As we all know, reunion albums almost always stink. Especially when the only reason the band is recording one is so that they’ll have a reason to get back out on the Eurofest circuit in hopes of cashing a couple of nostalgia checks before people once again stop caring about them.
Rare are the occasions when bands unite after an extended amount of time and are able to recapture the chemistry that served them so well in their youths. There’s the mighty NWOBHM veterans Satan, who came back better than ever after a staggering 26-year hiatus. Cynic reuniting to record another near-perfect album 15 years after their game-changing debut is another example of catching lightning in a bottle twice, but these types of success stories are few and far between.
After a 24-year hiatus, cult progressive metal act Psychotic Waltz are giving the reunion album a try. Let’s see if they’ve succeeded in pulling it off.
First, let’s talk a little bit about the history of Psychotic Waltz. Bursting onto the San Diego metal seen in the late ’80s under the moniker of Aslan, the band released two demo tapes that were highly-touted on the European tape-trading scene at the time. They would go on to self-finance and self-release their debut album A Social Grace in 1990, which today is considered one of the godhead albums of early progressive metal by anyone in the know.
Shockingly unique, the band played a psychedelic, marijuana-fueled style of progressive metal that was as strange and original as it was mature and well-formed. You almost never hear a band put together a perfectly defined and singular style of their own right from their debut album, but Psychotic Waltz were able to do just that.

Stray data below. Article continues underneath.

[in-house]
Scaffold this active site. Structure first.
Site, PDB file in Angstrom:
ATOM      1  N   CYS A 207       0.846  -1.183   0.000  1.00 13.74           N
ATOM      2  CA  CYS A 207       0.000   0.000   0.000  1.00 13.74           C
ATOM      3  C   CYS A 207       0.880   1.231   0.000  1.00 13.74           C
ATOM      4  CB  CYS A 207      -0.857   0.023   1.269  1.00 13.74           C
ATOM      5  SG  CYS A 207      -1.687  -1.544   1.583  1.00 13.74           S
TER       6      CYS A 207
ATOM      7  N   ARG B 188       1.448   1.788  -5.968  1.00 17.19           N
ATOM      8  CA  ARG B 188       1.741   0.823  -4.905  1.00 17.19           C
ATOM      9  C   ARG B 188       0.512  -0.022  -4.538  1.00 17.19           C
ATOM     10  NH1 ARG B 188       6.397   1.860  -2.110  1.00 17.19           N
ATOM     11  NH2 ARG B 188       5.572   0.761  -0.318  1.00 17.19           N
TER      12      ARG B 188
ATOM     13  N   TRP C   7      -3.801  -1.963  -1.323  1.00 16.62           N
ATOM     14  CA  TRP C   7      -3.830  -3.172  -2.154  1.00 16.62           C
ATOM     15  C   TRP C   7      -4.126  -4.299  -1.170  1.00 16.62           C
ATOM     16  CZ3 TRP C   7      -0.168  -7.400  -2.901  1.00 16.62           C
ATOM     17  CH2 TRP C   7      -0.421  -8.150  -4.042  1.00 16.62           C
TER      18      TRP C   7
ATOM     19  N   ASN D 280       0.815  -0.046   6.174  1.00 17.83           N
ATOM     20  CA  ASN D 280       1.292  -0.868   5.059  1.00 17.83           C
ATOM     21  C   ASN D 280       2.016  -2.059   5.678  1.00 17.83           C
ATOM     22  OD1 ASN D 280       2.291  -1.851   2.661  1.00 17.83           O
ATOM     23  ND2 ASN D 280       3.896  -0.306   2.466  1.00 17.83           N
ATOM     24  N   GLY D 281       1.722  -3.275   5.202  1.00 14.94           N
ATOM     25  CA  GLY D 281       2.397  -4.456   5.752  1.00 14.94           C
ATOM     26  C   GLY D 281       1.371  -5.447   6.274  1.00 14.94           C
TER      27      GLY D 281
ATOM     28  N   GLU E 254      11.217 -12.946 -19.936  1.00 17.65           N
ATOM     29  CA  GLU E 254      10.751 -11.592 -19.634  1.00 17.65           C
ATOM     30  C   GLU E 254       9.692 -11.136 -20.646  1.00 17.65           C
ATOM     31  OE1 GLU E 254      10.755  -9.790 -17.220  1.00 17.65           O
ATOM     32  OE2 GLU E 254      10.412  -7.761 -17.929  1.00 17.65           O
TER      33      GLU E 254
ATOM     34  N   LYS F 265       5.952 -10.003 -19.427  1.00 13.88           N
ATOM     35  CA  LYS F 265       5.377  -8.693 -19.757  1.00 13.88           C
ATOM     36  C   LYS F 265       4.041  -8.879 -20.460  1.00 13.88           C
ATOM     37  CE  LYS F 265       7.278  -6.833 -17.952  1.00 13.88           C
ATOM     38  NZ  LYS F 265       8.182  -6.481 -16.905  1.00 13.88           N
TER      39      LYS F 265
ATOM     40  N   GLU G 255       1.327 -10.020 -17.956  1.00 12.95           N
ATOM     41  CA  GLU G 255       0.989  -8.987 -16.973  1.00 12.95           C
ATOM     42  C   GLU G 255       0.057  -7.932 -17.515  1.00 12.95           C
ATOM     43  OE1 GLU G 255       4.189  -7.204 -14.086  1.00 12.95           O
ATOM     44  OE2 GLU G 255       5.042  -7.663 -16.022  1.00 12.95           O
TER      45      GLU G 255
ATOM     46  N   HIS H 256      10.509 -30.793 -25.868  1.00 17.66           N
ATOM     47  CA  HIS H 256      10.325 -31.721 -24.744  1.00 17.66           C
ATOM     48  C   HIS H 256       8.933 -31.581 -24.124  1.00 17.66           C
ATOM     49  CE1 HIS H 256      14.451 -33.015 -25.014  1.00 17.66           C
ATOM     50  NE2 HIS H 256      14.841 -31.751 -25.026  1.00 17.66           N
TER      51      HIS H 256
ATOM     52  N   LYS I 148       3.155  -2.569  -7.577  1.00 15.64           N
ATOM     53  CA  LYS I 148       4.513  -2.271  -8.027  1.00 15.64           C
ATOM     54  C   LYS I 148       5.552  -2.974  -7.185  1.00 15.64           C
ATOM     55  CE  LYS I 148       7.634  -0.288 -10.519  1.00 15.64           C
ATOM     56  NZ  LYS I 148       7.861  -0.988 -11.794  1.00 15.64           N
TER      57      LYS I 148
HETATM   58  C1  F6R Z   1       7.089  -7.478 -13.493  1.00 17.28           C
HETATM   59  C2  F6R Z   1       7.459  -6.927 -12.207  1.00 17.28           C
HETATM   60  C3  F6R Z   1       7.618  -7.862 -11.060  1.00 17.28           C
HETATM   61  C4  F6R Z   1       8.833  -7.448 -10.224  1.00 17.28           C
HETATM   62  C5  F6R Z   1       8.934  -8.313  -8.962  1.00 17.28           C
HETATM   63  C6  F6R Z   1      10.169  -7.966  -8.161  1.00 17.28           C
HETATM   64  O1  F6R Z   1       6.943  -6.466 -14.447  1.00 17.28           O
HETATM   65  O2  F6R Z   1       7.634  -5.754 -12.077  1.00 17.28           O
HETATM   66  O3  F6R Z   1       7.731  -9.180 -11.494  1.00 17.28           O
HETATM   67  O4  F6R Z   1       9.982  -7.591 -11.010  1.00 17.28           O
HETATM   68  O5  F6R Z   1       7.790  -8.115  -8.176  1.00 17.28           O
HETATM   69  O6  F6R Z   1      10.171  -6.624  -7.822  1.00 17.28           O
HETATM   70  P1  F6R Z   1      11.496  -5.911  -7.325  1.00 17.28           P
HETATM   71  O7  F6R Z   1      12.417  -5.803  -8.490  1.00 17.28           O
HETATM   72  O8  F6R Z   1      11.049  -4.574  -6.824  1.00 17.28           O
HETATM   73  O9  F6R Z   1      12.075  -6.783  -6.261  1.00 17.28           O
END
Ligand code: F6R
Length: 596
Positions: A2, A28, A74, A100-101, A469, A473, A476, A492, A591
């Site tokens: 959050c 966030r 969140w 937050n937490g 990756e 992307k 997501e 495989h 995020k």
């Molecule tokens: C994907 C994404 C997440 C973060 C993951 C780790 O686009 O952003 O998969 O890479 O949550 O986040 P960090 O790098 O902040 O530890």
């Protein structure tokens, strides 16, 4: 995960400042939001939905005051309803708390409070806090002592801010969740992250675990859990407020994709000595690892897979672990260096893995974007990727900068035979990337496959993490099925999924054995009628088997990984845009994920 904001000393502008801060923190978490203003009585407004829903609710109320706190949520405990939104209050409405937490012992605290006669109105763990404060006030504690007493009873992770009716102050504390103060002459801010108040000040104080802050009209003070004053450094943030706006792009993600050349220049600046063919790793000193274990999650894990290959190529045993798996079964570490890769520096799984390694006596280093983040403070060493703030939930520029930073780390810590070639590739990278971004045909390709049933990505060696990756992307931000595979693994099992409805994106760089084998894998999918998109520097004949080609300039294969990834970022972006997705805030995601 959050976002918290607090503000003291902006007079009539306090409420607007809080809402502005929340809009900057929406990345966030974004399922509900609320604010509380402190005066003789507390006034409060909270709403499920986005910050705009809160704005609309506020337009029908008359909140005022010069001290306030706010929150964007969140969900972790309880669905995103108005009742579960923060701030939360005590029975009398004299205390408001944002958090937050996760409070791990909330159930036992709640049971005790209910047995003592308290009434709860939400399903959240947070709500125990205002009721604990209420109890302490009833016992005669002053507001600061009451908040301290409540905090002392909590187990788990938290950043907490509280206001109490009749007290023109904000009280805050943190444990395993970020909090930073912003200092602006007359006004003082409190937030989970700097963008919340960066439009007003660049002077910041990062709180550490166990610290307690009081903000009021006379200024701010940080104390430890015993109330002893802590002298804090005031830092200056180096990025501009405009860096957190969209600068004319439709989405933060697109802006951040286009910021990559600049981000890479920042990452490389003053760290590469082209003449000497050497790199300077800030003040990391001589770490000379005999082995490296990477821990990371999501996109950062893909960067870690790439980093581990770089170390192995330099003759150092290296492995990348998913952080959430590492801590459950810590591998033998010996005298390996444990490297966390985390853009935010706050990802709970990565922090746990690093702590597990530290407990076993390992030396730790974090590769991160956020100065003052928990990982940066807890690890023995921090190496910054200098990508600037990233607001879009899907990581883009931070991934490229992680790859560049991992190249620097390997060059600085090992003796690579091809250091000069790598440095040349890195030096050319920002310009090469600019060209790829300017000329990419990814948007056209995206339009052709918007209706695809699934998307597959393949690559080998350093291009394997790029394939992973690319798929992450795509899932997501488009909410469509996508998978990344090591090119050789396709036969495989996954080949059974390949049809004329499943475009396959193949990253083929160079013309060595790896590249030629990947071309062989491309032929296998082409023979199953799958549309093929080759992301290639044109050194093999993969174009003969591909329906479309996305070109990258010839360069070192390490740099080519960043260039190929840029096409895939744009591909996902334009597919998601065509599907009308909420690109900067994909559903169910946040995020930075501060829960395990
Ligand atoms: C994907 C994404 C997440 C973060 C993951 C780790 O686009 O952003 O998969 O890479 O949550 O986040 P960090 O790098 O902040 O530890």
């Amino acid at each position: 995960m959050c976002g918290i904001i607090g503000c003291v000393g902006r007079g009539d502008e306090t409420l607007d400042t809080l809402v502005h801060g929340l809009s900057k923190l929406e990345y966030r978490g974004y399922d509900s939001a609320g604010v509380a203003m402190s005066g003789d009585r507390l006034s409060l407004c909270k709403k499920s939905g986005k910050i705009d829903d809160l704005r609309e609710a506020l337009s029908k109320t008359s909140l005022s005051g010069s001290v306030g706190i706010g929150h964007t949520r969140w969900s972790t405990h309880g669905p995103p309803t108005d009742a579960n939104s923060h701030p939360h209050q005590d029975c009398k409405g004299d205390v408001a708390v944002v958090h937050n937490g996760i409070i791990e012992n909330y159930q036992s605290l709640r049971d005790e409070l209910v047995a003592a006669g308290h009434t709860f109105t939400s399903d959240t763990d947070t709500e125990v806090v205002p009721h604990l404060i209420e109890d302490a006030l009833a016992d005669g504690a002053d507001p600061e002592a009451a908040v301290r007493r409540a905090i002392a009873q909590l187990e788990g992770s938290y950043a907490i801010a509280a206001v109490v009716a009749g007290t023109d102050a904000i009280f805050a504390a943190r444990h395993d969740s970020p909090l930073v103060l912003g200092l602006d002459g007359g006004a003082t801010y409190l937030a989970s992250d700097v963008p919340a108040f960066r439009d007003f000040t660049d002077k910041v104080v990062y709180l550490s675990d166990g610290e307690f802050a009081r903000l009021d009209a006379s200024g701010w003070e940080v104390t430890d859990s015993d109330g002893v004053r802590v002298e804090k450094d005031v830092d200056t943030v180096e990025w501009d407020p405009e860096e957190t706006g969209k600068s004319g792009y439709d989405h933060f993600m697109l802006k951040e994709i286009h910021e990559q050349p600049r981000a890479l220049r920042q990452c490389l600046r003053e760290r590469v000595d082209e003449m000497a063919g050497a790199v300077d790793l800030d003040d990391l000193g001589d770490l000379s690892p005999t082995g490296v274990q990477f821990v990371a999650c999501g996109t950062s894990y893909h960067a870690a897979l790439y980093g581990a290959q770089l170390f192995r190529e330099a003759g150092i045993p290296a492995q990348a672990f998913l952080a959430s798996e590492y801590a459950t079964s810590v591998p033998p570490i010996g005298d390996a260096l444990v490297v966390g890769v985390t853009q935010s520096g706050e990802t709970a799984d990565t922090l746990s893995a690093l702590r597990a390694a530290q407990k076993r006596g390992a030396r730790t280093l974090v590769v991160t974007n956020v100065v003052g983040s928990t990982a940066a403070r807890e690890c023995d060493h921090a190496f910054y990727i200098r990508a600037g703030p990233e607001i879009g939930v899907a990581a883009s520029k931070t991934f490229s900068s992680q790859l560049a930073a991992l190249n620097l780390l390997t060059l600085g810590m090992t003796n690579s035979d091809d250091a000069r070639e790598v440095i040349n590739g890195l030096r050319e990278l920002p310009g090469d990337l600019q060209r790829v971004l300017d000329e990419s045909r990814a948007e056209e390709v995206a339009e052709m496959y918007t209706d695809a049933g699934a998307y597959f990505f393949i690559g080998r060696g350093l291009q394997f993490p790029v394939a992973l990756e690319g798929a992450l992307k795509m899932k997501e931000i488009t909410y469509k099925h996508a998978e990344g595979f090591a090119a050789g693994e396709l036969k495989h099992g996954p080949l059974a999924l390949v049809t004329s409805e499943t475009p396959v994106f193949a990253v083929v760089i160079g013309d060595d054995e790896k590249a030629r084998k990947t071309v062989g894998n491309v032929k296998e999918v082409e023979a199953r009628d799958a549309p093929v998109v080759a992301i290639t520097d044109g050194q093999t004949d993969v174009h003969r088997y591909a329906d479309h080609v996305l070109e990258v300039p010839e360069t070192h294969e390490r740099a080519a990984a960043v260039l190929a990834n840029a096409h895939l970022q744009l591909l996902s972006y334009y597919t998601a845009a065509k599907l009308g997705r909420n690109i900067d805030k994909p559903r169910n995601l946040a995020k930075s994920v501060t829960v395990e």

Far less focused on technical proficiency than Dream Theater, not nearly as pristine as Fates Warning, and far less theatrical than Queensryche, Psychotic Waltz were practically destined for “cult classic” status from the get-go. While progressive metal bands of their era were more informed by the imagery and sounds of bands like Rush and Yes, Psychotic Waltz were the hippies of the bunch.
“For most of my life, I never could thank them for the purple hazed experience of the electric lady’s voodoo child. Yes, they were bold as love. Just ask the axis,” lyrics from the song “Butterfly” off their second album Into the Everflow. It was obvious that the Waltzers were more about vibing to The Doors, Beatles, and Hendrix than transposing 15-minute keyboard solos to guitar in their formative years.
Unfortunately for everyone who loves metal bands that aren’t afraid of getting weird, Psychotic Waltz initially broke up in the late 1990s after releasing just four albums. The aforementioned debut was a genius slab of trippy yet aggressive prog thrash. Their sophomore Into the Everflow pushed the psychedelia and technicality even further and is probably their most revered offering among prog nerds.
1994’s transitional album Mosquito, while still great and full of magical musical ideas and chemistry, was a bit of a pit-stop in between the busy style of the first two records and the chilled, big-riff-oriented psychedelic stoner metal of 1996’s Bleeding, a brilliant final statement as any in the history of heavy metal.
Psychotic Waltz bowed out of the game with a fairly flawless record. Over the next two decades, members of the band focused on their careers, family, and other musical projects. Most notably, singer Buddy Lackey (now going by the name of Devon Graves) moved to Austria and recorded five albums with his new band Deadsoul Tribe, who were one of the originators of the “more melodic and less repetitive Tool” style of progressive metal that bands like Soen comfortably occupy today.